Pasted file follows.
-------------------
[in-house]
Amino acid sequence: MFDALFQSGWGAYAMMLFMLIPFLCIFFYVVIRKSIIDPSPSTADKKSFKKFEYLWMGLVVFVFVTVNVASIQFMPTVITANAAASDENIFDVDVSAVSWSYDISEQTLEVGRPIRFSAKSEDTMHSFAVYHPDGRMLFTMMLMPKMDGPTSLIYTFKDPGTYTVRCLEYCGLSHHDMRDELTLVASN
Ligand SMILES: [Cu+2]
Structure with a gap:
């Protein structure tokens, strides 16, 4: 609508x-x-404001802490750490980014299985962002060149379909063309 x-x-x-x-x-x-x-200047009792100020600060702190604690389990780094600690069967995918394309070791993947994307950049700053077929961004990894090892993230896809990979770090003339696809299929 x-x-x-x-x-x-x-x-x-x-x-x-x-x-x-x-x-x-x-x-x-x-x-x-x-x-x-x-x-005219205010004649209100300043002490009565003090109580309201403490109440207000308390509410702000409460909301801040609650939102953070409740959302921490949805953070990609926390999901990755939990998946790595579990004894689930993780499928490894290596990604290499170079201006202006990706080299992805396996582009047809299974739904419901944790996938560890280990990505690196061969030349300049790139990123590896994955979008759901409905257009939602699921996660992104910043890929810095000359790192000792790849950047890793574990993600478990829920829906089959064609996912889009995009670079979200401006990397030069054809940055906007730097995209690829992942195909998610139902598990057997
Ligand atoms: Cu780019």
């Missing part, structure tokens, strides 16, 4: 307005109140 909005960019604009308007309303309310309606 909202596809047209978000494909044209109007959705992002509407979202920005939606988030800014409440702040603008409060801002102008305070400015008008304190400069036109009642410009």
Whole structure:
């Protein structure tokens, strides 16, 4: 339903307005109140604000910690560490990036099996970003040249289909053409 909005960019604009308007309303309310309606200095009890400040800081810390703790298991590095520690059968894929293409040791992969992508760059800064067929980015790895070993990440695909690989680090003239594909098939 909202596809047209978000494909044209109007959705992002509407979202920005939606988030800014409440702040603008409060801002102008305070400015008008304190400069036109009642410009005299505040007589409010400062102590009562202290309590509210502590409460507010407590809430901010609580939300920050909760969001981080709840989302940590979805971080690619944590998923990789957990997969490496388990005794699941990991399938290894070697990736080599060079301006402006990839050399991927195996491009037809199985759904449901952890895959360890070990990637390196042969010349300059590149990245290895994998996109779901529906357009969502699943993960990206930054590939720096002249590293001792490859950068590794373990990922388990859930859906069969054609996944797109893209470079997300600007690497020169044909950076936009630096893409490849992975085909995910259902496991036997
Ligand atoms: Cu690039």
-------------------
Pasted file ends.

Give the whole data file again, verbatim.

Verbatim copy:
[in-house]
Amino acid sequence: MFDALFQSGWGAYAMMLFMLIPFLCIFFYVVIRKSIIDPSPSTADKKSFKKFEYLWMGLVVFVFVTVNVASIQFMPTVITANAAASDENIFDVDVSAVSWSYDISEQTLEVGRPIRFSAKSEDTMHSFAVYHPDGRMLFTMMLMPKMDGPTSLIYTFKDPGTYTVRCLEYCGLSHHDMRDELTLVASN
Ligand SMILES: [Cu+2]
Structure with a gap:
């Protein structure tokens, strides 16, 4: 609508x-x-404001802490750490980014299985962002060149379909063309 x-x-x-x-x-x-x-200047009792100020600060702190604690389990780094600690069967995918394309070791993947994307950049700053077929961004990894090892993230896809990979770090003339696809299929 x-x-x-x-x-x-x-x-x-x-x-x-x-x-x-x-x-x-x-x-x-x-x-x-x-x-x-x-x-005219205010004649209100300043002490009565003090109580309201403490109440207000308390509410702000409460909301801040609650939102953070409740959302921490949805953070990609926390999901990755939990998946790595579990004894689930993780499928490894290596990604290499170079201006202006990706080299992805396996582009047809299974739904419901944790996938560890280990990505690196061969030349300049790139990123590896994955979008759901409905257009939602699921996660992104910043890929810095000359790192000792790849950047890793574990993600478990829920829906089959064609996912889009995009670079979200401006990397030069054809940055906007730097995209690829992942195909998610139902598990057997
Ligand atoms: Cu780019």
């Missing part, structure tokens, strides 16, 4: 307005109140 909005960019604009308007309303309310309606 909202596809047209978000494909044209109007959705992002509407979202920005939606988030800014409440702040603008409060801002102008305070400015008008304190400069036109009642410009």
Whole structure:
């Protein structure tokens, strides 16, 4: 339903307005109140604000910690560490990036099996970003040249289909053409 909005960019604009308007309303309310309606200095009890400040800081810390703790298991590095520690059968894929293409040791992969992508760059800064067929980015790895070993990440695909690989680090003239594909098939 909202596809047209978000494909044209109007959705992002509407979202920005939606988030800014409440702040603008409060801002102008305070400015008008304190400069036109009642410009005299505040007589409010400062102590009562202290309590509210502590409460507010407590809430901010609580939300920050909760969001981080709840989302940590979805971080690619944590998923990789957990997969490496388990005794699941990991399938290894070697990736080599060079301006402006990839050399991927195996491009037809199985759904449901952890895959360890070990990637390196042969010349300059590149990245290895994998996109779901529906357009969502699943993960990206930054590939720096002249590293001792490859950068590794373990990922388990859930859906069969054609996944797109893209470079997300600007690497020169044909950076936009630096893409490849992975085909995910259902496991036997
Ligand atoms: Cu690039």